All about the Brand
A broker approached us recently looking to become a member, which involved our Business Development Manager learning a little bit about them
They said they would find it difficult to provide multiple references or evidence of loans arranged through three nationally recognised commercial lenders, because they always used the same lender.
This is troublesome from the FCA’s perspective, because it suggests the client isn’t being walked through a bunch of alternative solutions, and therefore might not be guided to the best one. A product offered by a lender who isn’t on this broker’s shortlist of one might be the perfect solution for the client – but the client will never know.
It’s not a very tricky balancing act. We don’t ask that our brokers are up to date on the offerings of all 200+ active commercial lenders. Equally, we do think they should feel able to approach more than just one. The FCA’s view is that if you don’t outline a number of options, you’re not being seen to have done your job.
But now let’s imagine the client has a fixed opinion on the product he’d like to invest in. Brand loyalty is beyond reason; the FCA must hate the idea that one of my relatives hasn’t bought a car that wasn’t a Toyota in thirty-five years. No matter who gave him advice that other manufacturers exist, and might even offer products that are in some ways superior, he would not be budged.
While most of us consider ourselves to be good rational human beings, we’re entirely comfortable with making exceptions just because we don’t “get” Alfa Romeo or we think a £15 box of chocolate marzipan is really going to be five times more almondy than the £2.99 one. Compared to some of the decisions we make ourselves, there really is logic in the fleet company that swears by LDV or Mercedes and would never let a Fiat into the ranks, for example. Brand is connected to image, and image links up to marketing; the badge on the front of the vehicle is a representation of the company that runs it.
Even if a case could be made showing £10k per annum running and servicing cost savings by switching to Fiat, we know this company would never allow the change. It would be as futile as asking a football fan to switch away from the team he or she has an allegiance to (and maybe a season ticket for as well). The question “what’s in it for me” wouldn’t even need to be asked. Pure logic has no place in some of our decisions.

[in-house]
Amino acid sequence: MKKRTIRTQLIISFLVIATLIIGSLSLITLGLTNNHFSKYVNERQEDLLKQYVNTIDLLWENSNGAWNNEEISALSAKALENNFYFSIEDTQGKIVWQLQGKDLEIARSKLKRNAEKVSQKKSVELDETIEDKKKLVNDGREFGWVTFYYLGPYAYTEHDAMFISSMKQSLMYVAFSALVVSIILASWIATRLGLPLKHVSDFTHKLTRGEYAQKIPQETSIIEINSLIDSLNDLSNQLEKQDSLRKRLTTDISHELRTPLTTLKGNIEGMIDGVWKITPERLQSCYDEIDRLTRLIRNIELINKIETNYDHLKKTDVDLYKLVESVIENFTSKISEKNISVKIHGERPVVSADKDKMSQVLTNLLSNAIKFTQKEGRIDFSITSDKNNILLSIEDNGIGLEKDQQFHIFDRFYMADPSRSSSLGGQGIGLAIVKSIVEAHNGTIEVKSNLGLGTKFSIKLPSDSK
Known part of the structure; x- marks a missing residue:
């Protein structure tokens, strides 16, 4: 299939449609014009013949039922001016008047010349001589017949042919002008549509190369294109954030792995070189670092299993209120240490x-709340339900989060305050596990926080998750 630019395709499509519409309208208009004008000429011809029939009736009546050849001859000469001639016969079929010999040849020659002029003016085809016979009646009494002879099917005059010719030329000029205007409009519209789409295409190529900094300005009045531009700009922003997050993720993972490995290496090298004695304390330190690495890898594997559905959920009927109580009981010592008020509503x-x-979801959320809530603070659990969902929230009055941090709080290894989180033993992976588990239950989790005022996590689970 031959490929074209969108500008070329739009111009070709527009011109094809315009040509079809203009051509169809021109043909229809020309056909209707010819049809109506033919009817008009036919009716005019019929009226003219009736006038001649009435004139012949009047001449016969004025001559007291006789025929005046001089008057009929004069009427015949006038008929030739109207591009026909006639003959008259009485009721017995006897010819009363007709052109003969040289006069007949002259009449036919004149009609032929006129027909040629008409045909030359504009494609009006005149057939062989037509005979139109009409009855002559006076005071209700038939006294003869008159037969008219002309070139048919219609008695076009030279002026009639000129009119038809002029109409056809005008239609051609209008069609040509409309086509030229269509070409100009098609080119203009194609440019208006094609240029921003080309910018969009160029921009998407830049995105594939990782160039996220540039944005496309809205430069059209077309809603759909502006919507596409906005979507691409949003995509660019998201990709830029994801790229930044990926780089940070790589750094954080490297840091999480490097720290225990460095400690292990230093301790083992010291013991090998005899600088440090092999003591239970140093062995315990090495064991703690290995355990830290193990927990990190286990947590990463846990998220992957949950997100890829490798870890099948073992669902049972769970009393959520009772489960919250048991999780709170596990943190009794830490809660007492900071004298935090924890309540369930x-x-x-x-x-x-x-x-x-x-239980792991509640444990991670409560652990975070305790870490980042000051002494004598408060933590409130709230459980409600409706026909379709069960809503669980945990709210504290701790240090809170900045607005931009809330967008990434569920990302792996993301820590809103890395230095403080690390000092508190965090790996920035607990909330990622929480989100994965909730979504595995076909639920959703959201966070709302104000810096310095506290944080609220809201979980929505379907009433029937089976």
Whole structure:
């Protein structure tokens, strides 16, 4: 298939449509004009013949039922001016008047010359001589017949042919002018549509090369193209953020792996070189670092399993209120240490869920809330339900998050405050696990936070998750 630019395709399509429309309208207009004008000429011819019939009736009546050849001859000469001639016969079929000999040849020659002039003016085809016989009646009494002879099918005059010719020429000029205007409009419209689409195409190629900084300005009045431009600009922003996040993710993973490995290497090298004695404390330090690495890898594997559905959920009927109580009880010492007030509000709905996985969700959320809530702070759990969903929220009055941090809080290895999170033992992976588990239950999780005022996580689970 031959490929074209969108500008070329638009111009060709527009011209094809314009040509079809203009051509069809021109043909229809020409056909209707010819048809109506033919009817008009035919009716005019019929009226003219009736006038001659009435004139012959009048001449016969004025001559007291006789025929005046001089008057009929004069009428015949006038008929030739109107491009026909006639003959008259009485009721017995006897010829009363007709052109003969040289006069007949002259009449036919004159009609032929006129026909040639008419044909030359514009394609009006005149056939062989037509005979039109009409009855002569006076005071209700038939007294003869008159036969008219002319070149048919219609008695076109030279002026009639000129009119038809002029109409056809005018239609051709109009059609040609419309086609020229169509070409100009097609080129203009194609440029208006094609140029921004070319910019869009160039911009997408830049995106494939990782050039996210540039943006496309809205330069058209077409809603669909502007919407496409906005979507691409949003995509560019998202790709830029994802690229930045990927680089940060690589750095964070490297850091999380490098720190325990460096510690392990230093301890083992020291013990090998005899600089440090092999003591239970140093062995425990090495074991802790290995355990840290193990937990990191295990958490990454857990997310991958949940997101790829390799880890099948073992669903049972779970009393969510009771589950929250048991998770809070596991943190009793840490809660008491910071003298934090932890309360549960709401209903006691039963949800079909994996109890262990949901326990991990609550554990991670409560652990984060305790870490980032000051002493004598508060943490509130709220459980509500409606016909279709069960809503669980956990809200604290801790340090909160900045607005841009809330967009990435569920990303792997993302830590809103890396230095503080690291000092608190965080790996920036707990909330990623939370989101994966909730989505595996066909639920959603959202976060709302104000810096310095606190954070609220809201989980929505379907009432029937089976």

So should the commercial finance broker even bother raising the subject of alternative providers? To skip that part of the job raises questions about transparency and completeness of information. But to hint to the Iveco convert that he should consider other brands – when you know he won’t – gives the impression that after all this time with the client, you haven’t listened and you’ve failed to tailor the advice to the client. This doesn’t look like best practice, any more than non-disclosure would.
Allowing a client to behave irrationally – in the strictest non-judgmental meaning of the word – puts you in a bit of a grey area. Perhaps the best approach is to say “I know you will not consider alternative recommendations, but I have written them up for you anyway.” And put it in writing. Writing which is unread is still writing…but then if you know your advice isn’t being read, are you doing your job?
I’d say the FCA still has to be properly tested on their insistence on following the letter of the rulebook, and in the meantime, having everything in writing, and verifying it’s been read, is the target to aim for.
What happens after that is your client’s business, and if that means a rationally inappropriate solution, cut them some slack for being human and move on!